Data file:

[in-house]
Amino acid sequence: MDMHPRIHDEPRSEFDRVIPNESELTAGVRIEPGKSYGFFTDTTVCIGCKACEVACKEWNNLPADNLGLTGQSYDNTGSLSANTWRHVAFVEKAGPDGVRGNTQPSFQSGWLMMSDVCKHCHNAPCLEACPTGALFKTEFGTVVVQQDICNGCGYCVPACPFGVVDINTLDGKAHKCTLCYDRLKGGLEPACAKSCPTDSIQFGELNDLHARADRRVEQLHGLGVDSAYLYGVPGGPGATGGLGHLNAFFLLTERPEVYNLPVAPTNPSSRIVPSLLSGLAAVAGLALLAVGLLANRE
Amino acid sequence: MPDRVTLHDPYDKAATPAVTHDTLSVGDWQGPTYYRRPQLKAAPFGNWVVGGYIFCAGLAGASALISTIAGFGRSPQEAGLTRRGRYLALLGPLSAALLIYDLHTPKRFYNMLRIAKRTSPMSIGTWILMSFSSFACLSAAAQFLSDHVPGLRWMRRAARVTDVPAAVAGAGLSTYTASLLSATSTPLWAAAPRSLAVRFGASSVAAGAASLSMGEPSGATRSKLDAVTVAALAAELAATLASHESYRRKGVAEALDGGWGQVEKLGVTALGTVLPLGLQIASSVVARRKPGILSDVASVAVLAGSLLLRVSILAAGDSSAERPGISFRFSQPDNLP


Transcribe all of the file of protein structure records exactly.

[in-house]
Amino acid sequence: MDMHPRIHDEPRSEFDRVIPNESELTAGVRIEPGKSYGFFTDTTVCIGCKACEVACKEWNNLPADNLGLTGQSYDNTGSLSANTWRHVAFVEKAGPDGVRGNTQPSFQSGWLMMSDVCKHCHNAPCLEACPTGALFKTEFGTVVVQQDICNGCGYCVPACPFGVVDINTLDGKAHKCTLCYDRLKGGLEPACAKSCPTDSIQFGELNDLHARADRRVEQLHGLGVDSAYLYGVPGGPGATGGLGHLNAFFLLTERPEVYNLPVAPTNPSSRIVPSLLSGLAAVAGLALLAVGLLANRE
Amino acid sequence: MPDRVTLHDPYDKAATPAVTHDTLSVGDWQGPTYYRRPQLKAAPFGNWVVGGYIFCAGLAGASALISTIAGFGRSPQEAGLTRRGRYLALLGPLSAALLIYDLHTPKRFYNMLRIAKRTSPMSIGTWILMSFSSFACLSAAAQFLSDHVPGLRWMRRAARVTDVPAAVAGAGLSTYTASLLSATSTPLWAAAPRSLAVRFGASSVAAGAASLSMGEPSGATRSKLDAVTVAALAAELAATLASHESYRRKGVAEALDGGWGQVEKLGVTALGTVLPLGLQIASSVVARRKPGILSDVASVAVLAGSLLLRVSILAAGDSSAERPGISFRFSQPDNLP